Propane is a by-product of a dual process called petroleum refining and natural gas processing. Propane is an odorless and colorless gas. Complete combustion of propane can produce enough heat. Yet, its combustion is cleaner than that of unleaded gasoline and coal.
It is also a popular choice for portable stoves. It is also used in motor fuel and is a common ingredient in carburetor cleaning solvents.
Another organic compound found in carburetor solvent cleaners is 2-Butoxyethanol. It is a colorless liquid that comes with a sweet and ether-like odor. Moreover, it is a relatively non-expensive and non-volatile solvent and is commonly used in many industrial and domestic products.
It is also a verified respiratory irritant, so you need to use it with care. Besides, it is used as a solvent that dissolves hydrophobic and water-soluble substances.
Chlorinated Vs. Non-chlorinated Carb Cleaners
Another thing that may be worth considering when buying a carb cleaner is whether it is chlorinated or not. Some places, for example, like in the state of California, ban the use of chlorinated cleaners. So, if you live there, you won’t have the dilemma of choosing between chlorinated and non-chlorinated.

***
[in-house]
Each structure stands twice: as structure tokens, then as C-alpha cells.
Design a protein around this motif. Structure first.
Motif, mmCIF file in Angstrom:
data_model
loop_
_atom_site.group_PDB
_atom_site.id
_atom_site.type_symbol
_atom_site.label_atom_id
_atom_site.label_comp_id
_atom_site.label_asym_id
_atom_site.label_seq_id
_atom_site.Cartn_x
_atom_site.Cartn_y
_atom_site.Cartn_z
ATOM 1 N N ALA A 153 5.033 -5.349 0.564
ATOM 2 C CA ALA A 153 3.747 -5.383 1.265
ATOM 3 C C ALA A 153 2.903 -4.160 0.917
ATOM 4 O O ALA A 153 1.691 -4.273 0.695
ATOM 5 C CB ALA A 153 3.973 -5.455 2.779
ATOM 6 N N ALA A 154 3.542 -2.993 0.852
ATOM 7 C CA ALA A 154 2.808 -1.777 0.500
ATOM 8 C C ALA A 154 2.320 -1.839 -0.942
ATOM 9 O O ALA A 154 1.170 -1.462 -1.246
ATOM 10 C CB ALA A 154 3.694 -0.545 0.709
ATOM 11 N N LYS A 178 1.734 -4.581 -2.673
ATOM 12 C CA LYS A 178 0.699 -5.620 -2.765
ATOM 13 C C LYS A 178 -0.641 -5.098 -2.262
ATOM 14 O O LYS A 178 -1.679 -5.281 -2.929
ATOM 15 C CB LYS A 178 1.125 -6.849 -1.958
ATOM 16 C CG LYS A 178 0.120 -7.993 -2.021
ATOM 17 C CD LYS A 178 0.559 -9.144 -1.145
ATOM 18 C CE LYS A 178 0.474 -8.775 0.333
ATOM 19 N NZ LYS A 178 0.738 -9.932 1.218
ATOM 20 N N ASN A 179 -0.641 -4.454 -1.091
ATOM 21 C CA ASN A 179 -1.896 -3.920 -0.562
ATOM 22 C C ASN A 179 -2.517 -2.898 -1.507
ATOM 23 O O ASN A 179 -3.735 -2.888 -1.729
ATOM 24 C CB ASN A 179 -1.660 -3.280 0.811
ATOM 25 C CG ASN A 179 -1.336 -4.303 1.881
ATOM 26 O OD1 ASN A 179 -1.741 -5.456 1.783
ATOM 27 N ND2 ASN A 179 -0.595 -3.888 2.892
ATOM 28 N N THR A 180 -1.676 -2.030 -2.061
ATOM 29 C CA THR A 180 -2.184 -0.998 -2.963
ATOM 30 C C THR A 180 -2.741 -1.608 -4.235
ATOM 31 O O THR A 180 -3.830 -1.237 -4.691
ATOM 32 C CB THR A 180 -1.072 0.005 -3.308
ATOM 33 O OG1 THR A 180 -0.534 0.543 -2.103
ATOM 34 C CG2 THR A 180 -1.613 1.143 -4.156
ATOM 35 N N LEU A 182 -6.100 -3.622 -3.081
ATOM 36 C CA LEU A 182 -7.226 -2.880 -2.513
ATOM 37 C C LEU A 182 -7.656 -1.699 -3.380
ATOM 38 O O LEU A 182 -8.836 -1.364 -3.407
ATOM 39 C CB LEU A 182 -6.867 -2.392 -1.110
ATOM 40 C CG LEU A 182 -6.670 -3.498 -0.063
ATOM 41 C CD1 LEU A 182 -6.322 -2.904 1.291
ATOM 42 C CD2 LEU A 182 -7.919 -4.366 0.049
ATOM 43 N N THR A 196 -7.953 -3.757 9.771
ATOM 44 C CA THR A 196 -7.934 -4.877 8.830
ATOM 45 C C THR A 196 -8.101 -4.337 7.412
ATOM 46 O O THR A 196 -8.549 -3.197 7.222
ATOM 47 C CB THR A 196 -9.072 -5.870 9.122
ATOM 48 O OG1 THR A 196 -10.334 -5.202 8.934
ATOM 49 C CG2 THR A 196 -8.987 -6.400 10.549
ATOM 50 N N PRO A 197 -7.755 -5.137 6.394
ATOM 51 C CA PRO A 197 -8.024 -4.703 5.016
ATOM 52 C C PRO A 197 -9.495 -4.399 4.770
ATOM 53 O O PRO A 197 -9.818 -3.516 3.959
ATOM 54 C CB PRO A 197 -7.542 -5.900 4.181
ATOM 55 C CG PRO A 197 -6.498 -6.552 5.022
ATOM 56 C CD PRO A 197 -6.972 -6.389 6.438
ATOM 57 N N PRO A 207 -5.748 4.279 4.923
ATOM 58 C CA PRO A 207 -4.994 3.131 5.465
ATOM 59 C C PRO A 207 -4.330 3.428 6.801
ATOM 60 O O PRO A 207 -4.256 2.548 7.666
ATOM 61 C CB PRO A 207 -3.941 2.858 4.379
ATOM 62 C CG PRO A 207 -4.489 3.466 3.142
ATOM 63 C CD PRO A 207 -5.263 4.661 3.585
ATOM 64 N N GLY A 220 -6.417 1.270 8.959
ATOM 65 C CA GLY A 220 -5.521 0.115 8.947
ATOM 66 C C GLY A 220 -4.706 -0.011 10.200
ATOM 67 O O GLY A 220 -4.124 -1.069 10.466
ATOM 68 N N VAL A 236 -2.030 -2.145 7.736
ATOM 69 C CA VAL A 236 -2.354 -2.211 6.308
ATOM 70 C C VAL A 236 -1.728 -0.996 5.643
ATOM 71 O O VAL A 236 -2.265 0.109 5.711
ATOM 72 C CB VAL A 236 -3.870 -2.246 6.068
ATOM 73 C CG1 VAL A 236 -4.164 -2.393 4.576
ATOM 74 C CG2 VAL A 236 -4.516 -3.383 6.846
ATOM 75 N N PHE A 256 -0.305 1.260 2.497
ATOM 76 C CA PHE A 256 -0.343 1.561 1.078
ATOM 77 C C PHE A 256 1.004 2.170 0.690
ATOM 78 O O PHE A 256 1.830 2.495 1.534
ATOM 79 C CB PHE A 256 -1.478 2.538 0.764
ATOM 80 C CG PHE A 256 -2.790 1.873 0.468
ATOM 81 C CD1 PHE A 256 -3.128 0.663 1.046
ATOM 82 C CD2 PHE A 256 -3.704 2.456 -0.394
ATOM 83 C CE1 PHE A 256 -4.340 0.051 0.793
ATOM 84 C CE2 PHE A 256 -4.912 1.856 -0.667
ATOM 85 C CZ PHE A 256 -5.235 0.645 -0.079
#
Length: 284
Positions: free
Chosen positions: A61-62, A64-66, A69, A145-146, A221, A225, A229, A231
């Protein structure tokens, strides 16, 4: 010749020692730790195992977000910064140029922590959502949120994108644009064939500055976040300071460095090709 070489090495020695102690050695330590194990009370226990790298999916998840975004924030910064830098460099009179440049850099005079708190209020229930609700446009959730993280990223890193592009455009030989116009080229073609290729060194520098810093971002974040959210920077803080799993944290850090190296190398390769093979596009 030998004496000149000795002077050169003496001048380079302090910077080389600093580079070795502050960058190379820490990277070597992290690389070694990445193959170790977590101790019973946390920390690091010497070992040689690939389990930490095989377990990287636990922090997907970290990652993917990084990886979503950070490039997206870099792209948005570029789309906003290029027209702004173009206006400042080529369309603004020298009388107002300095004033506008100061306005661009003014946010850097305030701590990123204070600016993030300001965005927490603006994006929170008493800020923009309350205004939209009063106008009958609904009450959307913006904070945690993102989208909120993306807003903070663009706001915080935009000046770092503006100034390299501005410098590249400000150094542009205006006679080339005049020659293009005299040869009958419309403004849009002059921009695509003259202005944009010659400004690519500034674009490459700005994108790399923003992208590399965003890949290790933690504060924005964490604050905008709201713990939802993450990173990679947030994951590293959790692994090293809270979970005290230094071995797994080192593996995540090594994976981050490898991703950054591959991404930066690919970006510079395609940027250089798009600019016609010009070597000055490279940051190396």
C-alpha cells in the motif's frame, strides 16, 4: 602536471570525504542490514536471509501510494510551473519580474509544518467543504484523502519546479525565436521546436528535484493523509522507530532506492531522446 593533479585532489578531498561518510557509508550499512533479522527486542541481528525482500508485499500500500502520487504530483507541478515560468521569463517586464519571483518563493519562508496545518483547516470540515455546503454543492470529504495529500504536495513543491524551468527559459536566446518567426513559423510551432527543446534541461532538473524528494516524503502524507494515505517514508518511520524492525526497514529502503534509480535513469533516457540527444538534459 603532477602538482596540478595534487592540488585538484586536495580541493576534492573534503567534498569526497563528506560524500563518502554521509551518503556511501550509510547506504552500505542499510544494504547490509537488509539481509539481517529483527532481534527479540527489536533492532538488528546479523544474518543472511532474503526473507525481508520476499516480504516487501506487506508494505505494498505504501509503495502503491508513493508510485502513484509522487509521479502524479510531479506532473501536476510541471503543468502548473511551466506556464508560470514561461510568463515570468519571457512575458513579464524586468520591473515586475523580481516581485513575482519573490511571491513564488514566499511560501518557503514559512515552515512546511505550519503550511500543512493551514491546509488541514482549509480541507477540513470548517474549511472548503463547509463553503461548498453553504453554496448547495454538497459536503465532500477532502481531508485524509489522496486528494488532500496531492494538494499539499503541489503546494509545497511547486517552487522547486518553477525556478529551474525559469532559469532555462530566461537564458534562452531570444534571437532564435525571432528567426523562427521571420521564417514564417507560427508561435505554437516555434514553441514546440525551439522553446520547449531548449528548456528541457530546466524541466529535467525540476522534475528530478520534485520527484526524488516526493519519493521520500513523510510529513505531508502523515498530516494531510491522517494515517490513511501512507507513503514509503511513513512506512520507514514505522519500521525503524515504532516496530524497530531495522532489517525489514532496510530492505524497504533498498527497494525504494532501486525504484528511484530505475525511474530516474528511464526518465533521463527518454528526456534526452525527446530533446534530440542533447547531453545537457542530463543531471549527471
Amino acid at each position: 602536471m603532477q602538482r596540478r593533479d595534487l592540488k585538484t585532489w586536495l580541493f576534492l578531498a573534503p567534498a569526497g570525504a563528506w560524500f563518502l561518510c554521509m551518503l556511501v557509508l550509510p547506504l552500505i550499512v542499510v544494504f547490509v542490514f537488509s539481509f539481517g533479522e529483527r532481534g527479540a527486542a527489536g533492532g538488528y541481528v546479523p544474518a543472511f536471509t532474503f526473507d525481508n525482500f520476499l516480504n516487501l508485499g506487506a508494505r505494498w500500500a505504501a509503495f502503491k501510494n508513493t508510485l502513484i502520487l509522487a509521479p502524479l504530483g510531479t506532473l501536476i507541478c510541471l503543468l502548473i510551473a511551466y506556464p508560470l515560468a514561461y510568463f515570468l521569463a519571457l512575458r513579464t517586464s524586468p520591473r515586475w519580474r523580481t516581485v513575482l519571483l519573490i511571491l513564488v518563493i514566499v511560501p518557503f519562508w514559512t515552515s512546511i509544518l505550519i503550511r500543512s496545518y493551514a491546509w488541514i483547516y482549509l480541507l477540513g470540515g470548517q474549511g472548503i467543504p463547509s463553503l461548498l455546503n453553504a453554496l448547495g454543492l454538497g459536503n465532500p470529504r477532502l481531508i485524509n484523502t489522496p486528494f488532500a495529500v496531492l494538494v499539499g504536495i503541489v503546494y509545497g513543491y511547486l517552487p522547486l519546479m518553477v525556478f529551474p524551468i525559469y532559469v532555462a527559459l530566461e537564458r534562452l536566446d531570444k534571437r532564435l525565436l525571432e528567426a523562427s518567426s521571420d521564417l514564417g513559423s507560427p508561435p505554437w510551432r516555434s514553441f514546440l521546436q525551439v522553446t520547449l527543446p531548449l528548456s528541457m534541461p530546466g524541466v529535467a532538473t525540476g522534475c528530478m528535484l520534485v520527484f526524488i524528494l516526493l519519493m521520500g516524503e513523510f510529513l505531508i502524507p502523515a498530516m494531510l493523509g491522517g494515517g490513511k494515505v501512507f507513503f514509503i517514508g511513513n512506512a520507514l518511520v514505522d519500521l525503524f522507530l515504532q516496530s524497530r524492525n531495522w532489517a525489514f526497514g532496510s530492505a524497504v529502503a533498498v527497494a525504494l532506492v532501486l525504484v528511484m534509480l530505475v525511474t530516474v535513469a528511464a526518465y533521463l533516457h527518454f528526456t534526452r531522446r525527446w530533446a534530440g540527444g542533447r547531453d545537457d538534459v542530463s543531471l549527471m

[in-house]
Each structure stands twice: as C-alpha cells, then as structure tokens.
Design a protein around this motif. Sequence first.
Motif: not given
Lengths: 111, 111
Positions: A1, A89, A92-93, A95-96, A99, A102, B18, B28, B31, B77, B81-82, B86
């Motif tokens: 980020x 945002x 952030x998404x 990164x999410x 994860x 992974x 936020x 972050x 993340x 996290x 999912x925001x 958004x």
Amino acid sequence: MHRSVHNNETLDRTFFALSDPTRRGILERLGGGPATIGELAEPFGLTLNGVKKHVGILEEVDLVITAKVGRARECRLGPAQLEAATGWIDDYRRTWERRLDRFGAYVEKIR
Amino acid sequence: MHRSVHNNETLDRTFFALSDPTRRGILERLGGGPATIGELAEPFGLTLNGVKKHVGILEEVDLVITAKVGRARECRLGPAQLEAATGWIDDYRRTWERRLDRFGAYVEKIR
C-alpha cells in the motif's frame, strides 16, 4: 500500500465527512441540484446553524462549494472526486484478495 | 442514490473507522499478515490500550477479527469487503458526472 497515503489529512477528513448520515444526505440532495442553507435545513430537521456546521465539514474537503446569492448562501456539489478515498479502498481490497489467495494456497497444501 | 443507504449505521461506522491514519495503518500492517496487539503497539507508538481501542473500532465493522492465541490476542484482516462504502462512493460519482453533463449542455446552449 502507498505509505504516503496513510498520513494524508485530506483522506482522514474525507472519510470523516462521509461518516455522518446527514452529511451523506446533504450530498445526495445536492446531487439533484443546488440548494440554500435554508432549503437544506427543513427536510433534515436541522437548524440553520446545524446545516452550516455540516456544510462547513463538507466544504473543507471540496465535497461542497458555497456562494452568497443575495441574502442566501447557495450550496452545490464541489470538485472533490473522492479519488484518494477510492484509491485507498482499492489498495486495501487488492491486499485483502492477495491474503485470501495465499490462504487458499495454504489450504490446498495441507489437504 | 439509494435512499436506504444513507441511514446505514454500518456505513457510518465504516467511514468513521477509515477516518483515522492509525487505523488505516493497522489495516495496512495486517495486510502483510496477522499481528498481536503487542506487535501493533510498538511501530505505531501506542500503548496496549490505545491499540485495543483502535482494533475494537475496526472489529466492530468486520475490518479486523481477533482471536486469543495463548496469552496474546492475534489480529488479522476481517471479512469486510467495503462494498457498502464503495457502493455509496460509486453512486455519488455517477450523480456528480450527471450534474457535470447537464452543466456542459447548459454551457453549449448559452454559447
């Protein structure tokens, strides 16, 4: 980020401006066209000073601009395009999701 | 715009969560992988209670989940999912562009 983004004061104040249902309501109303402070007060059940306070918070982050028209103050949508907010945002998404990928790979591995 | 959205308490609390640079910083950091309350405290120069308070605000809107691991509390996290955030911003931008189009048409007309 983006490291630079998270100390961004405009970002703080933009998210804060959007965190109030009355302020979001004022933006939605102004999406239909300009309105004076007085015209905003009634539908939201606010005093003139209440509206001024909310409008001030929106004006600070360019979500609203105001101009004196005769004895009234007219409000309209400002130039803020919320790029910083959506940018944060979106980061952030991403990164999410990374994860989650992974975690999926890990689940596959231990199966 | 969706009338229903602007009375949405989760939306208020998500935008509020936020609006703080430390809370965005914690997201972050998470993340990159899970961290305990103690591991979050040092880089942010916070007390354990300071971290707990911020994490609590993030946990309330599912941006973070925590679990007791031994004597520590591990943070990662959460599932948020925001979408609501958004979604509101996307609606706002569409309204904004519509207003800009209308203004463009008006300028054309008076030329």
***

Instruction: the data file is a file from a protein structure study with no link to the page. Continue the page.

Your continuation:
The reason behind the banning of chlorinated carburetor cleaner is that it contains several VOCs or Volatile Organic Compounds. Yet, these VOCs are the most potent in removing contaminants in the carburetor, so they are indispensable in the making of solvent cleaners. Nevertheless, the good thing about chlorinated cleaners is that they are non-flammable.
The non-chlorinated carburetor cleaners are less-toxic, on the other hand, are more flammable. But they are available in the nearest auto parts stores around the United States. The non-chlorinated cleaners also don’t dry fast as compared to the chlorinated ones. Nevertheless, they are safer when used on plastic materials.
With the development and advancements in computers, most vehicles nowadays use computerized fuel injection systems. These computerized systems allow for peak efficiency for the engine in all situations. Computerized fuel injection systems also let you start the engine real quick, even on very cold days. So, if you have a car with a newer model, you no longer need to worry about which carburetor solvent cleaner you would buy.
Direct injection in the system paved the way for the phasing out of cars with carburetors. Yet, if you are still one of those sticklers for old cars equipped with carburetors, you would indeed find the abovementioned tips in cleaning the carburetor handy when cleaning your car’s carburetors.